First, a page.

IndustriALL is launching a new publication to promote the use of collective bargaining strategies as essential tools in the fight against precarious work
The continuing expansion of precarious work is one of the biggest threats that unions face, not only to workers’ job security, pay and working conditions but to their capacity to organise workers to fight collectively for their rights. The fight against precarious work is one of IndustriALL’s key strategic goals.
IndustriALL’s new publication, ‘Negotiating Security’: Trade union bargaining strategies against precarious work’, provides concrete examples of collective bargaining strategies developed by affiliates to confront precarious work and fight back against its expansion. Collective bargaining plays a crucial role in limiting precarious work and improving conditions for precarious workers.
Throughout the world precarious work is flourishing in countries where the legal framework is inadequate both for defining clear limits on precarious work, and for protecting the rights and working conditions of precarious workers. While many affiliates are pursuing legal reforms to address these gaps, collective bargaining is enabling targeted and enforceable responses to be developed.
IndustriALL affiliates have amassed a wealth of experience in using collective agreements to limit precarious work, to convert precarious work to regular employment, and to improve precarious workers’ working conditions and protect their rights. Many examples taken from actual agreements can be found in ‘Negotiating Security’.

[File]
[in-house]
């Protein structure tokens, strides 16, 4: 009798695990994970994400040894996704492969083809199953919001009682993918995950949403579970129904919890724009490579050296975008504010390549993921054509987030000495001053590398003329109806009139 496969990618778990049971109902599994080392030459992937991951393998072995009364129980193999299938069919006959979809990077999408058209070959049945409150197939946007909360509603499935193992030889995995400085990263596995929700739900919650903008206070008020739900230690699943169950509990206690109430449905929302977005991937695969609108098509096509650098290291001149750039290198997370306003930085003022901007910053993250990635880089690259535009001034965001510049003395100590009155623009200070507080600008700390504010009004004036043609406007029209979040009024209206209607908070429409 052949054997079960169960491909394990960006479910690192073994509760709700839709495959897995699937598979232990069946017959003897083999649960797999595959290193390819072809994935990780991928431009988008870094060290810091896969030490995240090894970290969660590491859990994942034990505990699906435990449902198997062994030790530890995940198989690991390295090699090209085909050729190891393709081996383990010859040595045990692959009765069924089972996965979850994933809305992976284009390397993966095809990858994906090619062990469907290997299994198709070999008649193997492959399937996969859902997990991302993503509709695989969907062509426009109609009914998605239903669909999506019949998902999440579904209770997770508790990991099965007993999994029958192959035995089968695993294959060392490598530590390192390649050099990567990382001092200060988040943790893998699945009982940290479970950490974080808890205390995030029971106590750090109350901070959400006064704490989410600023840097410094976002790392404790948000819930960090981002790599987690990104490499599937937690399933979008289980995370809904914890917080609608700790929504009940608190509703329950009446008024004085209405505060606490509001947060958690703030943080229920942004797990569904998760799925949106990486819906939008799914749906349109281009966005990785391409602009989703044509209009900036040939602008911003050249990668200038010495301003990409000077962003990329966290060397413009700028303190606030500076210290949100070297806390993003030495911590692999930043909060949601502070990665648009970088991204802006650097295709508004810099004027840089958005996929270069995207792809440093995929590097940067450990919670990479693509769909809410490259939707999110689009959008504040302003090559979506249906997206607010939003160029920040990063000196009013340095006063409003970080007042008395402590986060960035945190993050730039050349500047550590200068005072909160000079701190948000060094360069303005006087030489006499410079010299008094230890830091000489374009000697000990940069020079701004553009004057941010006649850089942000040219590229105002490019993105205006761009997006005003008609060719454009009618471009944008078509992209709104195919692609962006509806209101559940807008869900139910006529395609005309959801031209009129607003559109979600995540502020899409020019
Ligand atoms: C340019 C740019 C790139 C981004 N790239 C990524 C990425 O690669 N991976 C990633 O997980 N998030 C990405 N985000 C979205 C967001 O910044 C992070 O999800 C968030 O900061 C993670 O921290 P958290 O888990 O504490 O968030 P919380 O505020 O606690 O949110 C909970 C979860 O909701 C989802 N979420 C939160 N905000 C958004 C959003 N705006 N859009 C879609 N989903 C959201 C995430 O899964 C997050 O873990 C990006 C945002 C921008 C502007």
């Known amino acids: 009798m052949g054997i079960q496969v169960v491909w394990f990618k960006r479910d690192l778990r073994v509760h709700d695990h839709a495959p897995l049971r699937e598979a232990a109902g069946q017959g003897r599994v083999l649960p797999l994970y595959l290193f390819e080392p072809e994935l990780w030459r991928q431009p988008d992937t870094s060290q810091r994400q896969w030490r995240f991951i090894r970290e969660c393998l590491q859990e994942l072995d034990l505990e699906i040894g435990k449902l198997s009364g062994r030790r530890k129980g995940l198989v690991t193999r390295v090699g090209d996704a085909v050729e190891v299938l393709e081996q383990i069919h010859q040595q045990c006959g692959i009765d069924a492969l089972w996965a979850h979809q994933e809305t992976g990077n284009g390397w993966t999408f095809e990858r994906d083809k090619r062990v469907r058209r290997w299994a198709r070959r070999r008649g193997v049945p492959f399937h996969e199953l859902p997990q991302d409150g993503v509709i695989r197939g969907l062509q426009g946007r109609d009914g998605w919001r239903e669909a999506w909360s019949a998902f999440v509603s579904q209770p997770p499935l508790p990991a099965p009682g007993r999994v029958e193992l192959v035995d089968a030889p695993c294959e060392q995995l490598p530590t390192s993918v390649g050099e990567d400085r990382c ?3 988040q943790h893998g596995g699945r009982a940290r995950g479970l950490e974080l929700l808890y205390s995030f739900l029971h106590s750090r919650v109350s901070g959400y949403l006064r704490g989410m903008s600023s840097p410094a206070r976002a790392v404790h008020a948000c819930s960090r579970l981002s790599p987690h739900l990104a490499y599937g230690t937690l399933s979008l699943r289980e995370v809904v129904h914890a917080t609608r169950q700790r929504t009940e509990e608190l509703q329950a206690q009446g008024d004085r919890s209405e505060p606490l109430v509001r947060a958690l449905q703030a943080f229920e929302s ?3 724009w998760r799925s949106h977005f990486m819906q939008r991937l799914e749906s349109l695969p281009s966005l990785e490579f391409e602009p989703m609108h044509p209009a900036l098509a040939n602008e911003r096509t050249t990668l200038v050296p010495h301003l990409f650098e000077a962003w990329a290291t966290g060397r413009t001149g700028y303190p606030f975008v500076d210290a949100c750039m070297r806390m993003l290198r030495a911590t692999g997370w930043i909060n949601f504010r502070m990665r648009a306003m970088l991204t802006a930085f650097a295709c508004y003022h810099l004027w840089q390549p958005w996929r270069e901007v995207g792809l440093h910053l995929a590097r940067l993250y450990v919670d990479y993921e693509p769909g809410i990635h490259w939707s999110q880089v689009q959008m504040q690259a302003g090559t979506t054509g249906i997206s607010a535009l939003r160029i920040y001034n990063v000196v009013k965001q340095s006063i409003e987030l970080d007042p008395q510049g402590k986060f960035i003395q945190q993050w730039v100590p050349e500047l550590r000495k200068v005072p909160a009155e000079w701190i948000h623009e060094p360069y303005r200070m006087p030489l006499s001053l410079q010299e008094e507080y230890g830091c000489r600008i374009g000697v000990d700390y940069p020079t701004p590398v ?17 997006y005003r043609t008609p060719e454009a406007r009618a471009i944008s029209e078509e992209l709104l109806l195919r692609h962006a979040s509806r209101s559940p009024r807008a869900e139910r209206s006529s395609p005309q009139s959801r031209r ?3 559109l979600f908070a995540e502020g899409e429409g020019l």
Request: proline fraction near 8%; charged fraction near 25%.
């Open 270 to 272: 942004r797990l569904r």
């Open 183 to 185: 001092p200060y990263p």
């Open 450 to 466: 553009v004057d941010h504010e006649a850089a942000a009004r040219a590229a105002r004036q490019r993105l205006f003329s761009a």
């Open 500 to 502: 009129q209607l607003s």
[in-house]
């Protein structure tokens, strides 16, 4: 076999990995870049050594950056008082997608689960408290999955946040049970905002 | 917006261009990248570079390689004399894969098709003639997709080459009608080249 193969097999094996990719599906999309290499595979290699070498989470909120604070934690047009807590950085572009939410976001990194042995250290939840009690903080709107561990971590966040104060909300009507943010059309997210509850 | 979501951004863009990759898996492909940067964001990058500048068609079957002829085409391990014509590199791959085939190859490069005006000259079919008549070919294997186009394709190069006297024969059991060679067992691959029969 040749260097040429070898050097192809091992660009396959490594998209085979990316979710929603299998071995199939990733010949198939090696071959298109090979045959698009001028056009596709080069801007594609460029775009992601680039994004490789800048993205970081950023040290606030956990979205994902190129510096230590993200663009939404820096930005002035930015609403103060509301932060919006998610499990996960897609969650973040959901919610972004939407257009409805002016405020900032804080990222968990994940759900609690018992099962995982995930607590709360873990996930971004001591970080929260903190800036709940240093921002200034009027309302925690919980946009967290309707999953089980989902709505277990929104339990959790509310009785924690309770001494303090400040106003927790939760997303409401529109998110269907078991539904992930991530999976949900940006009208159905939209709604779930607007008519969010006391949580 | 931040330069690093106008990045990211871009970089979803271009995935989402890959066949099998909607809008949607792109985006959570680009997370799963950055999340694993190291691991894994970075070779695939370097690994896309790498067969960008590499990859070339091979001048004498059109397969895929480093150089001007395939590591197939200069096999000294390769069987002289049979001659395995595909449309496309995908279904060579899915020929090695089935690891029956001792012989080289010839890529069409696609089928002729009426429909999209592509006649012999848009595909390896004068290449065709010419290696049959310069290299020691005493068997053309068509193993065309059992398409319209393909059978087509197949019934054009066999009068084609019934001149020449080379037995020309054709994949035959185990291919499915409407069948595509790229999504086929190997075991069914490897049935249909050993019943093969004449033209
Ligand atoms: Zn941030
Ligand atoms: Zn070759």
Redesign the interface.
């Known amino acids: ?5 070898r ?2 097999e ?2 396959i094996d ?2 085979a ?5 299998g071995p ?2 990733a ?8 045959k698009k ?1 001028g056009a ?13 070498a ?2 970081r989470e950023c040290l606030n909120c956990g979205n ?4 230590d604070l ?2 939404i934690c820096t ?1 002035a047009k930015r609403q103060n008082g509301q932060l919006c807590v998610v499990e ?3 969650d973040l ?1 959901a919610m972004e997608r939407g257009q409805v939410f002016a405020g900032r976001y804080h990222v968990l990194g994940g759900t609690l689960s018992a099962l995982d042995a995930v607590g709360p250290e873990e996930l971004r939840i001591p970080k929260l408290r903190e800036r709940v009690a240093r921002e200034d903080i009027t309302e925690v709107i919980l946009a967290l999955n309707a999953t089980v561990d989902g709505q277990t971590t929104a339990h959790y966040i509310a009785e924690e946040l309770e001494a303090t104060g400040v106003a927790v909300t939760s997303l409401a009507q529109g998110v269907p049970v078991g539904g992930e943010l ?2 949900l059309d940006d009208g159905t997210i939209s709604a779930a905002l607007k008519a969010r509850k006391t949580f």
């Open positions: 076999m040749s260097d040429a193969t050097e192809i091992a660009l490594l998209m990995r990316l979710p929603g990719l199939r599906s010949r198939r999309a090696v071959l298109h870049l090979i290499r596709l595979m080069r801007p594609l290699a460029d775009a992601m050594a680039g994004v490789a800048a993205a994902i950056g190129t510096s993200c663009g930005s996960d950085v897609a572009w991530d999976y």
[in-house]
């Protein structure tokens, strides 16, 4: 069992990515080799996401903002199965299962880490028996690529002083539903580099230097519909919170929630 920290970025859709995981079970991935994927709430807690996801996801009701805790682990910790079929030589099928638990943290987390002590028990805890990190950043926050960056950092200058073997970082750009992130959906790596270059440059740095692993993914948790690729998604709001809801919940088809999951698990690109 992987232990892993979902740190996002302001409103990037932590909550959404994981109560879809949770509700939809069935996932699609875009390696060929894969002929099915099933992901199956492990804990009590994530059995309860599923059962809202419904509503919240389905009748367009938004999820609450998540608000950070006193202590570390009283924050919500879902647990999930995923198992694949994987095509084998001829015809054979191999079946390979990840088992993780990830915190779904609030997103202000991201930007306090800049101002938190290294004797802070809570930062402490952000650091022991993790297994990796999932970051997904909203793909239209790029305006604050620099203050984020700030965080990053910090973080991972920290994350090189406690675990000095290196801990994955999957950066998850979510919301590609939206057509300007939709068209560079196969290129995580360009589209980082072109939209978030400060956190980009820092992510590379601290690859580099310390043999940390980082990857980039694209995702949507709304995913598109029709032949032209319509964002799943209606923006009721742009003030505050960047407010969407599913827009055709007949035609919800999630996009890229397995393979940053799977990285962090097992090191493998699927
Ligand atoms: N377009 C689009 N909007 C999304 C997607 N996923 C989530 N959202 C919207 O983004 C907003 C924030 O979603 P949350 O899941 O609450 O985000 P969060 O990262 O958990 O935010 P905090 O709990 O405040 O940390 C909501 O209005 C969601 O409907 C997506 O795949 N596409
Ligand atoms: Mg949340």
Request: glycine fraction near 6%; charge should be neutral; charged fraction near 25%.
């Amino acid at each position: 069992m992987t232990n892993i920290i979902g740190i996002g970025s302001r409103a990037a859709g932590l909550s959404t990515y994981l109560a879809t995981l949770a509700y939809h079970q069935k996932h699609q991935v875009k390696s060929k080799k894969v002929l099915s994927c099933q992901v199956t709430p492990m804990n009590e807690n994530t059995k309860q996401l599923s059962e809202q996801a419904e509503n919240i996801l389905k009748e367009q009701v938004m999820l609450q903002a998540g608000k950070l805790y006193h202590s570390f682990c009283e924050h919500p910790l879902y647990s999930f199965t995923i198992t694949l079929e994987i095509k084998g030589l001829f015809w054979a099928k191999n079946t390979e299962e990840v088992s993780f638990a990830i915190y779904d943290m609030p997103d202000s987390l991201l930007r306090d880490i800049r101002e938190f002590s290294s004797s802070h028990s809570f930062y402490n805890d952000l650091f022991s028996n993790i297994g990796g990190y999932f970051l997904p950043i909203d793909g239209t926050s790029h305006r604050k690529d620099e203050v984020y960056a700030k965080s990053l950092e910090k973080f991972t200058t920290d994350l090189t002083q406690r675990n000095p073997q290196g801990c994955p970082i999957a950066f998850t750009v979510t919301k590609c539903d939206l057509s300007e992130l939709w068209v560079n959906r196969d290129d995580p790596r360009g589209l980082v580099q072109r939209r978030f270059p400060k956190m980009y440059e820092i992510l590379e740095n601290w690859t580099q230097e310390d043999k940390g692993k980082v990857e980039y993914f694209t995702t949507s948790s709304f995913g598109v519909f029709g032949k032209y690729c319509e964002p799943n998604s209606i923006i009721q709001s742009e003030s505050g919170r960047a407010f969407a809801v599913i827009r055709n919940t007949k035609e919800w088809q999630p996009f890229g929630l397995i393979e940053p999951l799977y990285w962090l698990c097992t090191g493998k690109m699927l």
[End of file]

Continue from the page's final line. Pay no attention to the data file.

Precarious workers who are employed through third party agencies and labour contractors face particular challenges because of the triangular employment relationship that is created. IndustriALL has previously exposed how this particular form of precarious work undermines worker rights in its publication ‘The Triangular Trap: unions take action against agency labour’. Now ‘Negotiating Security’ gives examples of how collective bargaining strategies can be used to overcome the obstacles to protecting the rights of workers in triangular employment relationships.
Jyrki Raina said, ‘We hope that through these examples, unions will be inspired by the work of others and will find ways to adapt the strategies to the challenges they face. The examples you will find in this publication are only a sample of the many, many creative and progressive agreements unions are pursuing to protect workers. More examples can be found on our website and new ones are being added all the time.’